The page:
Over the last few years, government legislation has made being a landlord much more difficult than it once was. In Scotland, Wales and Northern Ireland, for example, landlords need to be registered while in England and Wales landlords of properties rented to households of five or more must be licensed.
Add to this the additional licences required by some local authorities, and the over 400 rules and regulations you are required to follow to let your property (or face fines of up to £30,000), and it all gets very complicated.
Using a letting agent
Unless you are convinced you can keep abreast of those 400 rules and regulations and are happy to make yourself available to your tenants 24/7 (which some landlords are because they enjoy building relationships with the people who rent from them), you might want to consider retaining the services of a letting agent.
If you use a letting agent, this doesn’t mean you can be ignorant of the law, as you could still be liable for civil penalties and prosecution if your letting agent gets something wrong. It’s important, therefore, to choose a reputable company. When you look for an agency, make sure they:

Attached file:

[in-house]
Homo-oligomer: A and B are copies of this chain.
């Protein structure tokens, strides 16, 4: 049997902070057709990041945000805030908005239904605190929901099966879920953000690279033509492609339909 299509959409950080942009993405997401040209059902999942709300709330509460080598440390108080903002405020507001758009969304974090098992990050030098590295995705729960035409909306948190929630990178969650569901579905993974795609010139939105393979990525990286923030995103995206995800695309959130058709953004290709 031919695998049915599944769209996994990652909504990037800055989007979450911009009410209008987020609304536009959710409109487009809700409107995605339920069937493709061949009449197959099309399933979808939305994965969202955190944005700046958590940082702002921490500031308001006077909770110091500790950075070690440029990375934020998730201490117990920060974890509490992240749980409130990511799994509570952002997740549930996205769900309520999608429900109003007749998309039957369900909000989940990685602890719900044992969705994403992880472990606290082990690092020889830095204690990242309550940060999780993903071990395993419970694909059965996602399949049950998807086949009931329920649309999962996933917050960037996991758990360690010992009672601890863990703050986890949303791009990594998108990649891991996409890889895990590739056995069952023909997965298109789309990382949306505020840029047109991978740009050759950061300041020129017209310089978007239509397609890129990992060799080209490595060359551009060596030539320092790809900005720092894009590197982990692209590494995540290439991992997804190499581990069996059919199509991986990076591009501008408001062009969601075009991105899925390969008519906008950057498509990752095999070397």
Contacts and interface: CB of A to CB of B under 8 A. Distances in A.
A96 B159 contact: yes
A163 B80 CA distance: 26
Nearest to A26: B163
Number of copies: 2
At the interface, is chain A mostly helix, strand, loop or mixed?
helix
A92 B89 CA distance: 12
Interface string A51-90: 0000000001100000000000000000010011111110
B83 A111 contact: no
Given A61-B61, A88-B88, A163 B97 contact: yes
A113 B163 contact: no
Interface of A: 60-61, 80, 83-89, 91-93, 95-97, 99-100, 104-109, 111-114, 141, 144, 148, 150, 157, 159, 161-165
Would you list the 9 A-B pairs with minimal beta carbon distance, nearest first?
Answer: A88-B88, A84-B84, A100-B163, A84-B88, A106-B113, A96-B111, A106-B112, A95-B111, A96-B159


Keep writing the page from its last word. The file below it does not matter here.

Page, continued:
– Are members of industry bodies such as the National Approved Letting Scheme, Association of Residential Letting Agents, or the Royal Institution of Chartered Surveyors.
– Have easy to understand terms and conditions that clearly explain your responsibilities as a landlord and their responsibilities as an agent, plus the charges for these.
– Use technology to support tenancy management, e.g. property inventory software from companies such as inventorybase.co.uk.
– Offer a client money protection scheme.
Finding a letting agent using these criteria should give you a level of assurance that your property is being let legally and in line with all relevant rules and regulations, reducing any risk to you.
The benefits of not using a letting agent
While there are lots of benefits for using a letting agent, it won’t be for everyone. When you use a letting agent, you give up a degree of control over your property, deciding how much to pay for maintenance for example, something not every landlord is comfortable with. There’s also a cost, though it should be remembered this is currently a taxable expense.